Raising the bar: Anne Hemmings (left) and JoAnne Diaz-Beckett (right) are earning dual law and business degrees at the UNH School of Law and Whittemore School of Business and Economics. (Photo: Lisa Nugent)
What kind of person would want to take time out from her prime earning years to go through the grind of earning not one, but two demanding degrees compressed into three-and-a-half years?
Last fall, the first cohort of dual JD-MBA students to enroll at the UNH School of Law and the Whittemore School of Business and Economics answered this question. Take it from UNH Today, they’re two — yes, two — of the hardest working people you’ll meet.
A native of New Canaan, Connecticut, Anne Hemmings had worked in the ski apparel industry for seven years under the open skies of Jackson, Wyoming, when she felt the calling to study the law. “My grandmother graduated from the University of Kentucky Law School in 1939 and was the first female editor of the law review,” says Hemmings. “So law school has always been in the back of my mind.”
By July of 2010, she earned admission to several law schools, including Franklin Pierce Law Center. As she deliberated about where to go, she learned of a new development that practically made her decision for her. “I almost did not attend UNH,” admits Hemmings, “but when they announced Franklin Pierce would become UNH School of Law, I was hopeful a dual degree would be in the offing. As a result, I chose UNH.”
Hemmings proved more prescient than she knew. In the same month she began packing her bags for the move back East to Concord, John Orcutt, a UNH School of Law professor, and Venky Venkatachalam, a Whittemore School business professor, chatted excitedly about a new idea: fast-tracking the approval of a new dual degree in law and business.
According to Orcutt, “We talked about what it takes to be a good business lawyer and a good business person today, and we agreed that the days of being able to view issues as pure business matters or pure legal matters are gone,” recalls Orcutt. The two agreed that savvy lawyers should be able to think like business people and “anticipate the needs of their clients.” Conversely, effective business people benefit from a deeper understanding of the regulatory environments in which businesses—especially international ones—operate.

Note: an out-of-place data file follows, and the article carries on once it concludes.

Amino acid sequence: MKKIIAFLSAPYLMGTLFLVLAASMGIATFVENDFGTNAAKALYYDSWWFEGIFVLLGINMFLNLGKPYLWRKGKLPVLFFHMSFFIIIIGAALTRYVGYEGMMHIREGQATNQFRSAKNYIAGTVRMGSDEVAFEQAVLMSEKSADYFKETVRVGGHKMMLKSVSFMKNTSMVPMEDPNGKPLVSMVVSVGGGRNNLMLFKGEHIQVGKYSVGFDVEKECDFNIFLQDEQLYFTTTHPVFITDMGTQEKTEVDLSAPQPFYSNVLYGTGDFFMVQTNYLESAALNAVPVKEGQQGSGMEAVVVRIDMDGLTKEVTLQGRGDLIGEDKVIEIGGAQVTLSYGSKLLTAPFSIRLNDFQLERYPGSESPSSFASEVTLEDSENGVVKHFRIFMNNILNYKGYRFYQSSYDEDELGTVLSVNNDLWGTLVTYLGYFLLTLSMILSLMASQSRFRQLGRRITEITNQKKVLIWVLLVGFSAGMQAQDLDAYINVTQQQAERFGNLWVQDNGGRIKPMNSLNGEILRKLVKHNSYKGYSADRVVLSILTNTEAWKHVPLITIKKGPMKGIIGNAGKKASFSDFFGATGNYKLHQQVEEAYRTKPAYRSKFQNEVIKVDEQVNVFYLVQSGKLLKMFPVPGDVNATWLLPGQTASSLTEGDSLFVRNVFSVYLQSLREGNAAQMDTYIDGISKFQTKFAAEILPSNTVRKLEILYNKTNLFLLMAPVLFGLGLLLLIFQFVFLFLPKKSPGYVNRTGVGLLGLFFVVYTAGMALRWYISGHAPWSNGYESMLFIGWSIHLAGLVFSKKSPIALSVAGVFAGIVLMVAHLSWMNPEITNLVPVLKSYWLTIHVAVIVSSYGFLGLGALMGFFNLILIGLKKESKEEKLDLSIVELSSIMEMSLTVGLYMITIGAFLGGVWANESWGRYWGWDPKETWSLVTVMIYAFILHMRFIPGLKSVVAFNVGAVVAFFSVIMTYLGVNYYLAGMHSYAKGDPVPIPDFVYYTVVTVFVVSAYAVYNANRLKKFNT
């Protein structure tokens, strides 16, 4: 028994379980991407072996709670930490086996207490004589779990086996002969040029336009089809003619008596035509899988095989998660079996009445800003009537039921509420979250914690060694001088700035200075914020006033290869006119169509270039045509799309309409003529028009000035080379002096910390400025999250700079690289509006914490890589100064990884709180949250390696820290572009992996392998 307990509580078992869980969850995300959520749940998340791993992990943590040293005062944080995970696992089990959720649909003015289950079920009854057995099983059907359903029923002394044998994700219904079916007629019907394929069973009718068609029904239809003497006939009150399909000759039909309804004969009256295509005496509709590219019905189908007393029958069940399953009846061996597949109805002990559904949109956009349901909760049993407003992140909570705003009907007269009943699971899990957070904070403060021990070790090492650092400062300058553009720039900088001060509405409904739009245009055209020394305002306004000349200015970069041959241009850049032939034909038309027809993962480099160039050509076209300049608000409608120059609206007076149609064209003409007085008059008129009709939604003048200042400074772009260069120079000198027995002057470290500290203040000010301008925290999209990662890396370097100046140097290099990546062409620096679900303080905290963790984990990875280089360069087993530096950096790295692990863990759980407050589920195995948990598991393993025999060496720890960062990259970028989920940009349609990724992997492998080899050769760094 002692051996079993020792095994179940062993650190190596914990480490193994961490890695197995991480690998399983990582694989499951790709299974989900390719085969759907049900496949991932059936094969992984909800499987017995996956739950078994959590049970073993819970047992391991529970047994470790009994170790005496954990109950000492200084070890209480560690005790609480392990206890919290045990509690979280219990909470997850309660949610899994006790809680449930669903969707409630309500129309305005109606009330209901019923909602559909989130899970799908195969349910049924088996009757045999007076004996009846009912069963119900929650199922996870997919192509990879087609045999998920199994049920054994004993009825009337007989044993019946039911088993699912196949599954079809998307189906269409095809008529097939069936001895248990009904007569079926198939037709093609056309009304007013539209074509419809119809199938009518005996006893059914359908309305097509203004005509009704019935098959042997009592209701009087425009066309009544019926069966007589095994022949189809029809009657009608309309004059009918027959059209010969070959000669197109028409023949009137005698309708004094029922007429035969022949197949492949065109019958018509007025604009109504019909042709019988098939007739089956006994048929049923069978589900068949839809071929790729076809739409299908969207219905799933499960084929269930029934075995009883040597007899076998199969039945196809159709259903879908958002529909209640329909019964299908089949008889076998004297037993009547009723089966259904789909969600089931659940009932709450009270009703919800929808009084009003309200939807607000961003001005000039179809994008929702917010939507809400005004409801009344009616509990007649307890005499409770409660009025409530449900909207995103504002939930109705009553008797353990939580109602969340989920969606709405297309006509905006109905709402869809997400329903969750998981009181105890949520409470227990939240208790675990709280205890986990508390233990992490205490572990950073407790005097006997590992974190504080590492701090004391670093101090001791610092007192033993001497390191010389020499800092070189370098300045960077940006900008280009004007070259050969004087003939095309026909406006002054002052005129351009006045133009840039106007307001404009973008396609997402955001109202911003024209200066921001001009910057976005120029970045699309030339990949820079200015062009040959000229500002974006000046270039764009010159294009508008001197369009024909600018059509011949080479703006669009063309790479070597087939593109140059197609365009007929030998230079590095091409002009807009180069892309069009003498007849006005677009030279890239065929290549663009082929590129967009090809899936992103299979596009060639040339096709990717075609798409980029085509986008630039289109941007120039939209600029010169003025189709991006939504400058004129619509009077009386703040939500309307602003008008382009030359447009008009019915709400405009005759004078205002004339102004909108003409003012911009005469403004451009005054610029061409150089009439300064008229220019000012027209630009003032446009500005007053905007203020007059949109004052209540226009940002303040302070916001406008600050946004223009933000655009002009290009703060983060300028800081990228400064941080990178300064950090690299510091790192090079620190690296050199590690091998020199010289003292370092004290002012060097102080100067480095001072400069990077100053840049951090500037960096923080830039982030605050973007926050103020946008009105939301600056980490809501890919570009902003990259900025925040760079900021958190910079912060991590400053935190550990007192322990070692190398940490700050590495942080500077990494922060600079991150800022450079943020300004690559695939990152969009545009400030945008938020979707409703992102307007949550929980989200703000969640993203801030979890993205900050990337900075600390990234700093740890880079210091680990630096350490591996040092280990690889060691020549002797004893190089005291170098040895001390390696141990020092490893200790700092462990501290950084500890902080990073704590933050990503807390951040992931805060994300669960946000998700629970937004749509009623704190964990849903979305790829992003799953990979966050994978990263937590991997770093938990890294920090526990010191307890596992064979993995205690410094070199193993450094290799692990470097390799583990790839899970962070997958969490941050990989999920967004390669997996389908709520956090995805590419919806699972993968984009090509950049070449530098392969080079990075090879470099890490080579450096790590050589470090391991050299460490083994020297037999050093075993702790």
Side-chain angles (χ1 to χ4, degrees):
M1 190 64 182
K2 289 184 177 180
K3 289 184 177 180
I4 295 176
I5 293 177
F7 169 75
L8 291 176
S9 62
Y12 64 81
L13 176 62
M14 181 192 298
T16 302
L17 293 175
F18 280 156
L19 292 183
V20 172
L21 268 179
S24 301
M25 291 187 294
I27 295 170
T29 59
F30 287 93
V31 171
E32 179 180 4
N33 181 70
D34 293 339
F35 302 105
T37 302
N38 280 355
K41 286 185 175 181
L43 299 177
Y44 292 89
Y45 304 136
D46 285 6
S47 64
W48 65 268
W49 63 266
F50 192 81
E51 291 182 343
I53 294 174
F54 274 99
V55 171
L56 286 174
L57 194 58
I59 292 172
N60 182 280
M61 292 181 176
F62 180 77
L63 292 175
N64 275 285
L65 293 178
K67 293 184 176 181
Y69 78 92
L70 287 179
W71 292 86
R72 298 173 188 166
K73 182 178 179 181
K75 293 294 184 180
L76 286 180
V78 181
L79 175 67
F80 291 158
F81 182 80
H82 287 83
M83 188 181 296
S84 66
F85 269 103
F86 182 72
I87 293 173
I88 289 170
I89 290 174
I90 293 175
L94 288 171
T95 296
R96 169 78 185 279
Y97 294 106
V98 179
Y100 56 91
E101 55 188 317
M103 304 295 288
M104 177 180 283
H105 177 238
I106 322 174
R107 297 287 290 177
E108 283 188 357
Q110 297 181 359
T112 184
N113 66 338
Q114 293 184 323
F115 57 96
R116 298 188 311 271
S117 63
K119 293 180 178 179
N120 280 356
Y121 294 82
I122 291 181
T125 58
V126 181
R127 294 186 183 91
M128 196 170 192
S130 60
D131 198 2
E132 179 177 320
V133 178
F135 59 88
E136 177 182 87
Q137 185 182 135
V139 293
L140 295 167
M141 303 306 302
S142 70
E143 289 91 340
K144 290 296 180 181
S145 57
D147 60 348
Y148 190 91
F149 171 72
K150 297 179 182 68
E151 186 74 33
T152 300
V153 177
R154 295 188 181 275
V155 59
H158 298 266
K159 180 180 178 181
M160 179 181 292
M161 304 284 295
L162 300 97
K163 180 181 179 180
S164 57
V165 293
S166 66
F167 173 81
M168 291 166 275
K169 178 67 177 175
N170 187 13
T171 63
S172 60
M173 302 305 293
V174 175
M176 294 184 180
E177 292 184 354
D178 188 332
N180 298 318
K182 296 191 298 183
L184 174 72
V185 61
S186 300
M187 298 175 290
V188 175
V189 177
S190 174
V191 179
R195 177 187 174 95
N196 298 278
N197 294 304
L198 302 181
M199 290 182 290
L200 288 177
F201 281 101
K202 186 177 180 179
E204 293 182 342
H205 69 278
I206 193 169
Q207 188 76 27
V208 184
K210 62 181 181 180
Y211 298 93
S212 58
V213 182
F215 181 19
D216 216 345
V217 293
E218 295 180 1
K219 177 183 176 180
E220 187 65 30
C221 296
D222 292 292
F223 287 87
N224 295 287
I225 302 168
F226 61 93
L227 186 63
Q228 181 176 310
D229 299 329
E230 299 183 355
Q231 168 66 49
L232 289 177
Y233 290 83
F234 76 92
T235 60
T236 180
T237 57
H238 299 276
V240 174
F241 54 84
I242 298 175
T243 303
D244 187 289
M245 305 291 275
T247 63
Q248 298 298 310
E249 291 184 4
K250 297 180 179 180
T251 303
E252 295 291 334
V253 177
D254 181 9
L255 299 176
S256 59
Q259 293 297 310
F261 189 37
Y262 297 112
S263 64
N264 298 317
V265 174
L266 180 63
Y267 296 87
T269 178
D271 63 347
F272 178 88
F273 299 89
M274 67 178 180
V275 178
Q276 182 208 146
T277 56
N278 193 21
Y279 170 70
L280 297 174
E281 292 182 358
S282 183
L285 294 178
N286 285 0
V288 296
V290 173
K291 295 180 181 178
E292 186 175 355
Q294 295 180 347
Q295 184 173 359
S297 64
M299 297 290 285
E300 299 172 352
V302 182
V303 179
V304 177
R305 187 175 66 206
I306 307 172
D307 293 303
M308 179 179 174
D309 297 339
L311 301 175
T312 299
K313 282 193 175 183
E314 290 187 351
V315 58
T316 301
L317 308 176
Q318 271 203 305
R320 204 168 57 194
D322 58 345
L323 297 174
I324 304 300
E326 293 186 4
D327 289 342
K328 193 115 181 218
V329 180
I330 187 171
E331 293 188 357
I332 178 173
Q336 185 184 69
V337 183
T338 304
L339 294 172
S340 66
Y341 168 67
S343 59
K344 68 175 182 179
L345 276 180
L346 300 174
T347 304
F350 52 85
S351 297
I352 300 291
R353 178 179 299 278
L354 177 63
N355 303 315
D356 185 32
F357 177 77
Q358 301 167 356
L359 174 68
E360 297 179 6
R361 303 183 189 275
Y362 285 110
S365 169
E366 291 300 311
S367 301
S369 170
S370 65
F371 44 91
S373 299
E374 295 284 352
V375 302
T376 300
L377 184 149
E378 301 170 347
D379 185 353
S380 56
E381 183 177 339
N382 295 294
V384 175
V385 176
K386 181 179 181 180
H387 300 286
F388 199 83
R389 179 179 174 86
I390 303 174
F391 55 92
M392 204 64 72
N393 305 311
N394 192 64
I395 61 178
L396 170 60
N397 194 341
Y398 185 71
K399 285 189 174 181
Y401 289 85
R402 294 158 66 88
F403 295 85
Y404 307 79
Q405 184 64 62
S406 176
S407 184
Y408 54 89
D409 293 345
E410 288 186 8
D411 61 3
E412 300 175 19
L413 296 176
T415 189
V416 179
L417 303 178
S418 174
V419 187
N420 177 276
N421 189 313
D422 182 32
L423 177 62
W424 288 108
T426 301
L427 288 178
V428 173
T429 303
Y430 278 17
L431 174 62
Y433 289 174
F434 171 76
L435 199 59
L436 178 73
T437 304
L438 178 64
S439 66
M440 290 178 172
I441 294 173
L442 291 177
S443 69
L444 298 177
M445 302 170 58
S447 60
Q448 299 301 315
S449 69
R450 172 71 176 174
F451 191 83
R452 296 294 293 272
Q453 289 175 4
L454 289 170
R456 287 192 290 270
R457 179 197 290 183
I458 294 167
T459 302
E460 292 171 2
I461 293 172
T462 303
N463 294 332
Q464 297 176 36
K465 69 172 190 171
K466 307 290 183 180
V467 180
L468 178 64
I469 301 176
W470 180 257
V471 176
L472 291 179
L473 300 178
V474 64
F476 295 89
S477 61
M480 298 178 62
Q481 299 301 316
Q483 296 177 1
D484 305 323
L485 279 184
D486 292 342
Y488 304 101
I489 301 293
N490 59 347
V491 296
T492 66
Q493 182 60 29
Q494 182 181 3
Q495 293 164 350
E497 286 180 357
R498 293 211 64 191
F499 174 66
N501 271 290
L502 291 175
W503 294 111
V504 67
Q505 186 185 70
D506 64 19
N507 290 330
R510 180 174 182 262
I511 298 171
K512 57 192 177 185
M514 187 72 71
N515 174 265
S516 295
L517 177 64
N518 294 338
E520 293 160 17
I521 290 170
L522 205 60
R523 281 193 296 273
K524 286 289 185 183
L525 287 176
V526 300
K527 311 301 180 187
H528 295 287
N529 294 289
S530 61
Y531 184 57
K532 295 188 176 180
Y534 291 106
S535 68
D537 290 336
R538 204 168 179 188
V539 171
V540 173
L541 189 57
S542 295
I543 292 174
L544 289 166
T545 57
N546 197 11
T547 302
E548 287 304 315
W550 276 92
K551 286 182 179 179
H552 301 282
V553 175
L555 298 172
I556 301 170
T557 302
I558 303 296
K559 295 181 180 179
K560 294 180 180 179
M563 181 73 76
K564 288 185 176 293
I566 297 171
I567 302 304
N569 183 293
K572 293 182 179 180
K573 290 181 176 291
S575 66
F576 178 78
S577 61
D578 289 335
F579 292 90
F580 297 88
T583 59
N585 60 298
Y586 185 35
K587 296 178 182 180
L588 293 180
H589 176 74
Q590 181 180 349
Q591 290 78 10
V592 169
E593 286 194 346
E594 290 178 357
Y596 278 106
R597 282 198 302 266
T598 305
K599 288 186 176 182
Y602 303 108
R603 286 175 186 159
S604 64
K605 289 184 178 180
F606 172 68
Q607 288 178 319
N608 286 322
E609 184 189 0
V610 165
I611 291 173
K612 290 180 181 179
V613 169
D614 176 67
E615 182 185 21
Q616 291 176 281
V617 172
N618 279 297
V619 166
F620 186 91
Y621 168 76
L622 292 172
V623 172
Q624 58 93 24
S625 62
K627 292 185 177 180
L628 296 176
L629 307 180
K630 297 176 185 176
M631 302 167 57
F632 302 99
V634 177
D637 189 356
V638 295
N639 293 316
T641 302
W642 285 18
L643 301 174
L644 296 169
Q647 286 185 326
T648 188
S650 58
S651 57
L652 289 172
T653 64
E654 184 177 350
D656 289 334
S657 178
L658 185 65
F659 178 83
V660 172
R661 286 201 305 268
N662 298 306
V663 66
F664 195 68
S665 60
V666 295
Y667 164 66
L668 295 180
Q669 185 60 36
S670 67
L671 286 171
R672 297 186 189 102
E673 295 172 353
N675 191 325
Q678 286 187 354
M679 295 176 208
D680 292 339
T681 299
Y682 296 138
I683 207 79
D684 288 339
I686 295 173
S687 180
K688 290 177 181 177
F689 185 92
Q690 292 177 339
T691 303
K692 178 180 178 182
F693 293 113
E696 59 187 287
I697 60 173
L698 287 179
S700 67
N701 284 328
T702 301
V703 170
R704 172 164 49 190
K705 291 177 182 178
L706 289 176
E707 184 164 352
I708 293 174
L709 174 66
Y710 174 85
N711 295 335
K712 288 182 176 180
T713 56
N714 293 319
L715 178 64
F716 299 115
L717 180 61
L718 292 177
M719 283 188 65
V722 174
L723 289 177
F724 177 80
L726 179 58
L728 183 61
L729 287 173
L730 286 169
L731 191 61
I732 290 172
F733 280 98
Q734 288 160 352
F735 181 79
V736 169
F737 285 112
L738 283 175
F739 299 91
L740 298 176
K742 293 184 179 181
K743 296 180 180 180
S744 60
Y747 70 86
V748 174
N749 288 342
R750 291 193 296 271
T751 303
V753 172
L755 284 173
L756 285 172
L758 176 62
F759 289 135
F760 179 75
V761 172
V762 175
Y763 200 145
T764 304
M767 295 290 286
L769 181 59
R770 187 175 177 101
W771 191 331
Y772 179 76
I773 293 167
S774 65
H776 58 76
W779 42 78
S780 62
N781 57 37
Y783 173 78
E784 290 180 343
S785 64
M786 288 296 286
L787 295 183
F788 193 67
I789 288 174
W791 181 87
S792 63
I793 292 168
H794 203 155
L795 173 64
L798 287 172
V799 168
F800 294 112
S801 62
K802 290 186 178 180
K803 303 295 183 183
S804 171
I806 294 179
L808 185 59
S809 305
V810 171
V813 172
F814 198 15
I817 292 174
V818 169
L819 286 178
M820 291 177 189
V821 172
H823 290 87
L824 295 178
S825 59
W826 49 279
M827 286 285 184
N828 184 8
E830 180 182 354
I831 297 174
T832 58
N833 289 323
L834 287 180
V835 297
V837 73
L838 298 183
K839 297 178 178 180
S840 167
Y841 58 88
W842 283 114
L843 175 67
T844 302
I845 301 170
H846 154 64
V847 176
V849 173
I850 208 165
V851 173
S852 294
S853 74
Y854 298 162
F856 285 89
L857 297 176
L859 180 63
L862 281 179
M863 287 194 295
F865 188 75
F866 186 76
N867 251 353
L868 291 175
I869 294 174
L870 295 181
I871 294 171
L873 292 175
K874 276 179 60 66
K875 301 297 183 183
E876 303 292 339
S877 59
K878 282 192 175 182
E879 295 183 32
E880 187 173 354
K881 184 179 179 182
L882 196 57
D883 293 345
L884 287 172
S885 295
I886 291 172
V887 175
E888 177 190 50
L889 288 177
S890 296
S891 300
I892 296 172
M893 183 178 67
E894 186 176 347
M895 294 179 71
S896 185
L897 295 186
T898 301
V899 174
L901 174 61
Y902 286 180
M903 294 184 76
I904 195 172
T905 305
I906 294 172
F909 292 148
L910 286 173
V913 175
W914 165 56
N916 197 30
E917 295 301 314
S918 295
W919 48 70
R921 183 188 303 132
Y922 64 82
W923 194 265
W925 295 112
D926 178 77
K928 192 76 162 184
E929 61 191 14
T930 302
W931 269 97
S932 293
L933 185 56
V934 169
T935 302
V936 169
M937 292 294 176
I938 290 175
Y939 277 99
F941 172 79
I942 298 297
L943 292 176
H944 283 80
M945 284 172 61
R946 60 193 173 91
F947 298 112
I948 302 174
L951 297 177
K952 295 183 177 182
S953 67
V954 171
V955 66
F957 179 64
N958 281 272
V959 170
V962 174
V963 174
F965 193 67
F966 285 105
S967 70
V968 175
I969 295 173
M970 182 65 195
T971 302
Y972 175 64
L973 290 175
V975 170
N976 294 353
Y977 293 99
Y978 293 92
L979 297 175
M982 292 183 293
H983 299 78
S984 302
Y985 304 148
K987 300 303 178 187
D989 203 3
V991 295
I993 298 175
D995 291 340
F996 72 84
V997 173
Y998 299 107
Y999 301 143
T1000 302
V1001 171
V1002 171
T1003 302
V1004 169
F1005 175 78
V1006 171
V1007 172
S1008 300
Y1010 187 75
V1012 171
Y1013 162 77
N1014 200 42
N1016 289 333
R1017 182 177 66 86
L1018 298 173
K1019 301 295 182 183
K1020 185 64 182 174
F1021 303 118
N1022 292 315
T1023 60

"The days of being able to view
issues as pure business matters
or pure legal matters are gone.”
–John Orcutt, professor and
associate dean, UNH School
Creating a dual law-business degree made philosophical sense. It also made good business sense.
“With the new affiliation between UNH and the law school, we wanted to provide additional value for students by enabling them to earn both degrees faster and less expensively than it would take them to do so separately,” explains Orcutt. Students save a half-year of law school tuition (and 18 months out of their lives) through the dual degree program.
A short 12 months later, in July 2011, key parties at both schools signed the program into existence. Students attend UNH School of Law for their first year, switch to the Whittemore School for an intensive, one-year MBA, and then return to law school for three more semesters. Hemmings and her classmate, JoAnne Diaz-Beckett, are midway into their MBA year.
Diaz-Beckett came to UNH to retool and plans to use her degrees to establish a niche for herself in a law firm. “The MBA will position me as the go-to person for contract law, startups, bankruptcy law, and entrepreneurial clients,” says the former college admissions advisor. Diaz-Beckett says taking classes with business students “energizes” her and helps her marshal the mojo needed to log the long hours required for her coursework. “At the Whittemore School, I’ve met lots of people who want to start their own business. It’s exciting. I find their ideas and optimism very motivating.”
Best of all, the dual degree format—business coursework sandwiched between two years of law classes—shows early signs of fostering exactly the kind of connections and incisive thinking Orcutt and Venkatachalam envisioned as the end product of this multi-disciplinary program. For example, in an international business class, Hemmings’s project team presented a case study of the problems electronics giant Best Buy might encounter should it try to enter the Saudi Arabia market. “In Saudi Arabia, women are suing for the right to drive,” she says. “It made me think of the court cases I read in my constitutional law class about how Saudi Arabia’s approach to women’s rights may hinder a multinational corporation’s potential.”
Diaz-Beckett sees a new kind of freedom emerging from her experience. “By the time you get to graduate school, hopefully you’re way beyond the process of meeting requirements. You’re creating new opportunities. More choices help you discover what’s out there and then choose what you really like to do.”
With ambassadors such as Hemmings and Diaz-Becket to sing its praises, the JD-MBA program is likely to grow well beyond two brave souls in the coming year.